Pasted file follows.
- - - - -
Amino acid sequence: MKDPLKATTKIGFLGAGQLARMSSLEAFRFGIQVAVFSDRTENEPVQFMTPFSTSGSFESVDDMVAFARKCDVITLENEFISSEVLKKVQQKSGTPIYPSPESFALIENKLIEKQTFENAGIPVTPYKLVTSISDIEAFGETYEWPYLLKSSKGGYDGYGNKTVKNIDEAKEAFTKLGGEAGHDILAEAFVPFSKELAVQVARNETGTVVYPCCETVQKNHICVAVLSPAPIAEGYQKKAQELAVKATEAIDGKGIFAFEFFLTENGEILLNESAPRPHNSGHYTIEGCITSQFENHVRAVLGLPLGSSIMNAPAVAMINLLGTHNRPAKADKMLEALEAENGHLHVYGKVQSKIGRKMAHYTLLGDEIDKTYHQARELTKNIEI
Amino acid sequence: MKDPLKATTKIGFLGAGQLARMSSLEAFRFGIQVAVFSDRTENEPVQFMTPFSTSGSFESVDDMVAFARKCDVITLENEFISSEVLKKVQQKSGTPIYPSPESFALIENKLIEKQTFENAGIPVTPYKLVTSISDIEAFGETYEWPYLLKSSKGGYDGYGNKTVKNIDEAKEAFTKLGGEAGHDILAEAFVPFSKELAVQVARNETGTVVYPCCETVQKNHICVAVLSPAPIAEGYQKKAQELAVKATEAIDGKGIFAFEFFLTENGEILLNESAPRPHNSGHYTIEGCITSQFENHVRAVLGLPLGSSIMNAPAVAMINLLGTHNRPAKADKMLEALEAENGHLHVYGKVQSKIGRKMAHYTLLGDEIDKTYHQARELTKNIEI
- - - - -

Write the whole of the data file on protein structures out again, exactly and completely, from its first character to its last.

Amino acid sequence: MKDPLKATTKIGFLGAGQLARMSSLEAFRFGIQVAVFSDRTENEPVQFMTPFSTSGSFESVDDMVAFARKCDVITLENEFISSEVLKKVQQKSGTPIYPSPESFALIENKLIEKQTFENAGIPVTPYKLVTSISDIEAFGETYEWPYLLKSSKGGYDGYGNKTVKNIDEAKEAFTKLGGEAGHDILAEAFVPFSKELAVQVARNETGTVVYPCCETVQKNHICVAVLSPAPIAEGYQKKAQELAVKATEAIDGKGIFAFEFFLTENGEILLNESAPRPHNSGHYTIEGCITSQFENHVRAVLGLPLGSSIMNAPAVAMINLLGTHNRPAKADKMLEALEAENGHLHVYGKVQSKIGRKMAHYTLLGDEIDKTYHQARELTKNIEI
Amino acid sequence: MKDPLKATTKIGFLGAGQLARMSSLEAFRFGIQVAVFSDRTENEPVQFMTPFSTSGSFESVDDMVAFARKCDVITLENEFISSEVLKKVQQKSGTPIYPSPESFALIENKLIEKQTFENAGIPVTPYKLVTSISDIEAFGETYEWPYLLKSSKGGYDGYGNKTVKNIDEAKEAFTKLGGEAGHDILAEAFVPFSKELAVQVARNETGTVVYPCCETVQKNHICVAVLSPAPIAEGYQKKAQELAVKATEAIDGKGIFAFEFFLTENGEILLNESAPRPHNSGHYTIEGCITSQFENHVRAVLGLPLGSSIMNAPAVAMINLLGTHNRPAKADKMLEALEAENGHLHVYGKVQSKIGRKMAHYTLLGDEIDKTYHQARELTKNIEI